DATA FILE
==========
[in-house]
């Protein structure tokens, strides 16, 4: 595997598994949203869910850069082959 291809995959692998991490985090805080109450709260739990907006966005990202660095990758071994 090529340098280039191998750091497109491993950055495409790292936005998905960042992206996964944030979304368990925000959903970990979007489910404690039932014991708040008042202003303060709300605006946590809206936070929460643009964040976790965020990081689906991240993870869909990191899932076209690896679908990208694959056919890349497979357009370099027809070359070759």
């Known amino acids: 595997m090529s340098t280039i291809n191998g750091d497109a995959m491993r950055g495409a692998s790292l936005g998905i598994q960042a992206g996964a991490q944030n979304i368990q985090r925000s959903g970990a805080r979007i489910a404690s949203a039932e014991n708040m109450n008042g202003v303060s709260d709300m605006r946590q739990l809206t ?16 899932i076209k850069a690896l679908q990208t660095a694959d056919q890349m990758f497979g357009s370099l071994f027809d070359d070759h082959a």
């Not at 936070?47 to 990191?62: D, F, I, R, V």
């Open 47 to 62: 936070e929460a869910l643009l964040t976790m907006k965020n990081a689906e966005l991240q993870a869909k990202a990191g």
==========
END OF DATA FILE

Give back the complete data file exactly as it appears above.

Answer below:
[in-house]
């Protein structure tokens, strides 16, 4: 595997598994949203869910850069082959 291809995959692998991490985090805080109450709260739990907006966005990202660095990758071994 090529340098280039191998750091497109491993950055495409790292936005998905960042992206996964944030979304368990925000959903970990979007489910404690039932014991708040008042202003303060709300605006946590809206936070929460643009964040976790965020990081689906991240993870869909990191899932076209690896679908990208694959056919890349497979357009370099027809070359070759």
């Known amino acids: 595997m090529s340098t280039i291809n191998g750091d497109a995959m491993r950055g495409a692998s790292l936005g998905i598994q960042a992206g996964a991490q944030n979304i368990q985090r925000s959903g970990a805080r979007i489910a404690s949203a039932e014991n708040m109450n008042g202003v303060s709260d709300m605006r946590q739990l809206t ?16 899932i076209k850069a690896l679908q990208t660095a694959d056919q890349m990758f497979g357009s370099l071994f027809d070359d070759h082959a």
């Not at 936070?47 to 990191?62: D, F, I, R, V």
């Open 47 to 62: 936070e929460a869910l643009l964040t976790m907006k965020n990081a689906e966005l991240q993870a869909k990202a990191g």